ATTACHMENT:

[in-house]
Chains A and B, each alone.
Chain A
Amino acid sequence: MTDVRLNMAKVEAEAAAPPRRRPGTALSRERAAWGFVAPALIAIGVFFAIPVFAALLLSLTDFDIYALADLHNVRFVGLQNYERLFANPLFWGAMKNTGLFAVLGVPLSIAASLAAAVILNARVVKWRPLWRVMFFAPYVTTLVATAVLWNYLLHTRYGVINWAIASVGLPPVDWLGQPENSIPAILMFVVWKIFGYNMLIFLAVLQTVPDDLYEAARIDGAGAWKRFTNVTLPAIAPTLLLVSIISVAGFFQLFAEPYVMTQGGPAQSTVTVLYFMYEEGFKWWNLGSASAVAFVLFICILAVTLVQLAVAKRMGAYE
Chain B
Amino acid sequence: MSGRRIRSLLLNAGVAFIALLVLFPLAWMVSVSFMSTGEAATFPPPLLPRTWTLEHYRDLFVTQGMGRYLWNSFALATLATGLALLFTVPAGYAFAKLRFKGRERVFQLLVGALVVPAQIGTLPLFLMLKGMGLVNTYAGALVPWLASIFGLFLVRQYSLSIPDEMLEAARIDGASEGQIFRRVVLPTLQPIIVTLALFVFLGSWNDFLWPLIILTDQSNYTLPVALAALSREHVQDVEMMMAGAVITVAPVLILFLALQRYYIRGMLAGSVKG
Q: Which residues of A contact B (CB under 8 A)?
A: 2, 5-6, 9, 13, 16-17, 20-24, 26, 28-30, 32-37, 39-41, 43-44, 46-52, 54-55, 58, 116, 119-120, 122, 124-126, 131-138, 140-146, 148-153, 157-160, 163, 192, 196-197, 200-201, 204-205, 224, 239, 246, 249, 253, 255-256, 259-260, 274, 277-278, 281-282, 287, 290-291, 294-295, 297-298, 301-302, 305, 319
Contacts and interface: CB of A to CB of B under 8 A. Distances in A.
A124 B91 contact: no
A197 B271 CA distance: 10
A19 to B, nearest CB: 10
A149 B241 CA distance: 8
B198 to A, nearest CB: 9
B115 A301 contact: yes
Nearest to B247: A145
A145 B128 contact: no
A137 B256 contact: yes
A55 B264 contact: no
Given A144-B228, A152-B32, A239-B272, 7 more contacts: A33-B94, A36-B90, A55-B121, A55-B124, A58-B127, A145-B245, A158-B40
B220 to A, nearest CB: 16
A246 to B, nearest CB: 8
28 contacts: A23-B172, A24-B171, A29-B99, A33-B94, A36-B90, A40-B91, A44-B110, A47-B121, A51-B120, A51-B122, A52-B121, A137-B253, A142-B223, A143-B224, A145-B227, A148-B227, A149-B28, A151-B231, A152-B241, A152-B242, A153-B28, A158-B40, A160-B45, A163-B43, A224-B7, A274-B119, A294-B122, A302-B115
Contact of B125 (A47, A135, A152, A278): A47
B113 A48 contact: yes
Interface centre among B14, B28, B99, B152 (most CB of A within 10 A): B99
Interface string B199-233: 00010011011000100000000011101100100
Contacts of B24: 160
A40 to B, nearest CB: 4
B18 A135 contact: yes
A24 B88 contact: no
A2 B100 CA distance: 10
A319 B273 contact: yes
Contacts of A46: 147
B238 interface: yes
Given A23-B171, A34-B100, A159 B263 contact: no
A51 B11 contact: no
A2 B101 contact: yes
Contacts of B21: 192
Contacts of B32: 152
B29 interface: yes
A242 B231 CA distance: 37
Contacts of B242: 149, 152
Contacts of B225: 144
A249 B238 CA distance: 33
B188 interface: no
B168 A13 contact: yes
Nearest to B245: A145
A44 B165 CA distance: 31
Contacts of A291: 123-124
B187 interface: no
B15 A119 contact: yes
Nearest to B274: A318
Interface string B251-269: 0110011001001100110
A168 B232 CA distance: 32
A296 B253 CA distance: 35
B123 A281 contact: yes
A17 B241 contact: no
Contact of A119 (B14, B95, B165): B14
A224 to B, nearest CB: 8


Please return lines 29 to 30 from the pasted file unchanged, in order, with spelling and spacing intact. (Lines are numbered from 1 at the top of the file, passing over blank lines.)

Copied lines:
A40 to B, nearest CB: 4
B18 A135 contact: yes